Stop delaying saliva tests for drugged drivers, and we can save hundreds of lives

By August 19, 2019 Recent News

Stuff 15 August 2019
OPINION: One day the court sentenced a known addict to traffic school for a drugged-up three-car writeoff. He killed my mum 40 days later.

The circumstances of Mary Radley’s horrific ending represent a typical scenario, seen perhaps weekly: it occurred following many drug crashes that were misprocessed as “careless driving”.

The epidemic led to me establishing Candor Network to drive change. Later my psychopharmacology qualifications saw me become a court-recognised drug-driving expert.

Cannabis swings elections, as Helen Clark once pronounced influentially. Every party historically treads carefully to avoid cannabis users’ eviscerating wrath (I get death threats).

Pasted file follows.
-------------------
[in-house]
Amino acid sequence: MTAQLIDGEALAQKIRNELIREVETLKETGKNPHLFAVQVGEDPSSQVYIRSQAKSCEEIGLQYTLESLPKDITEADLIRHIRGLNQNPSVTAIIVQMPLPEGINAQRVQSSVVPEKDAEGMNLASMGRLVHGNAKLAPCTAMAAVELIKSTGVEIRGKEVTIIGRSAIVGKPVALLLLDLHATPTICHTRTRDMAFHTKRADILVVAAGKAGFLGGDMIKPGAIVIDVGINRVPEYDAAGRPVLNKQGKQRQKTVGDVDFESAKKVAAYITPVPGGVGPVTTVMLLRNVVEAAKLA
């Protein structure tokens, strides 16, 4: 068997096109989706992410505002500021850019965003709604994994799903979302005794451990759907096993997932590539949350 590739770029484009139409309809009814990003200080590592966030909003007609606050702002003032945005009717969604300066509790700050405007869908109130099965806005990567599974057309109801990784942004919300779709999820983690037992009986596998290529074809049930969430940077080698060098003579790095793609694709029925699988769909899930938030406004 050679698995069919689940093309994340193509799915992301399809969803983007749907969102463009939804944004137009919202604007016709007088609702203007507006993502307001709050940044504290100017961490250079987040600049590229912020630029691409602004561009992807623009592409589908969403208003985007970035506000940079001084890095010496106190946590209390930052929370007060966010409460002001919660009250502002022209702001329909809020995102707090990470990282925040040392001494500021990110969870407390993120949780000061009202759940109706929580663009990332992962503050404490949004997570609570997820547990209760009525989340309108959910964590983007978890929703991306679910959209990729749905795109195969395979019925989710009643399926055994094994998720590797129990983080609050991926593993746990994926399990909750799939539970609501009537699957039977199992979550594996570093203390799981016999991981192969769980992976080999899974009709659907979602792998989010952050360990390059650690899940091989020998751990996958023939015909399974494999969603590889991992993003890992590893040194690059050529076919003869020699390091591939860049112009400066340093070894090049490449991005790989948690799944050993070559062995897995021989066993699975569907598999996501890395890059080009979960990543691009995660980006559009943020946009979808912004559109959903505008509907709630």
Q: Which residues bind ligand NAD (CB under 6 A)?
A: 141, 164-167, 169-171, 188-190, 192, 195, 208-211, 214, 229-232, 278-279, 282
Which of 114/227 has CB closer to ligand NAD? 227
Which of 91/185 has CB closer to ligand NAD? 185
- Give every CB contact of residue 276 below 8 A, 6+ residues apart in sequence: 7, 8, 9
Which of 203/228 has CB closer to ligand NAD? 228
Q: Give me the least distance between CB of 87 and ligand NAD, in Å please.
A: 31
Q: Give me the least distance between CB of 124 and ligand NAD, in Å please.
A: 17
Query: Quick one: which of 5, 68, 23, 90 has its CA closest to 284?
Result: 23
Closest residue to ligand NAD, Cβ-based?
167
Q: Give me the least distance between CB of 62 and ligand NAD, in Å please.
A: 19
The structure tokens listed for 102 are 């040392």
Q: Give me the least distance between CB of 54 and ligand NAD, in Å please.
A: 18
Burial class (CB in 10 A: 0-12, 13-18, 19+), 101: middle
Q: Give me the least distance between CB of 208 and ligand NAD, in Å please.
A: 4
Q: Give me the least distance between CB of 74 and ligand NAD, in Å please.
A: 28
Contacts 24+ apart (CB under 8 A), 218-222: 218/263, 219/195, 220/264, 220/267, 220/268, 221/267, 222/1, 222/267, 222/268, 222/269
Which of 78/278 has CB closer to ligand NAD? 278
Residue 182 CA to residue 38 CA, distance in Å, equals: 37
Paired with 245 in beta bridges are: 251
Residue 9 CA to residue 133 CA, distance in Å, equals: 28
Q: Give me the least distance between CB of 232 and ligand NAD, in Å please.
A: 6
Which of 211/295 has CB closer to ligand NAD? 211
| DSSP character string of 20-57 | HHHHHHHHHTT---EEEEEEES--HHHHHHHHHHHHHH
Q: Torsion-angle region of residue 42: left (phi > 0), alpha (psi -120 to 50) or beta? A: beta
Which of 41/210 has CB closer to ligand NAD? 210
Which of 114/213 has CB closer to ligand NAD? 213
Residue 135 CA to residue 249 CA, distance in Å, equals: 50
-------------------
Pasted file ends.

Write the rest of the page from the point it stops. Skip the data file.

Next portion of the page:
Green Party politicians go further in diligently playing down the risk on our roads from cannabis smoking, but recent use suggests a danger level matching that of alcohol. Just three nanograms (ng) of cannabis in blood, where New Zealand deaths mostly cluster, imparts 7.4 times the risk.

Both dead cannabis drivers and dead drunks have a doubled risk of death by speeding – the notion that people drive more slowly under the influence of cannabis is a myth.

There is no education about the specific risks for young smokers who kill others on the roads. Today there is stasis by politicians towards victim-run campaigns. They merely instituted roadside “stand on leg” tests in 2009’s Land Transport Amendment Act No 4, when most other nations were introducing saliva tests that detect subtler impairment.

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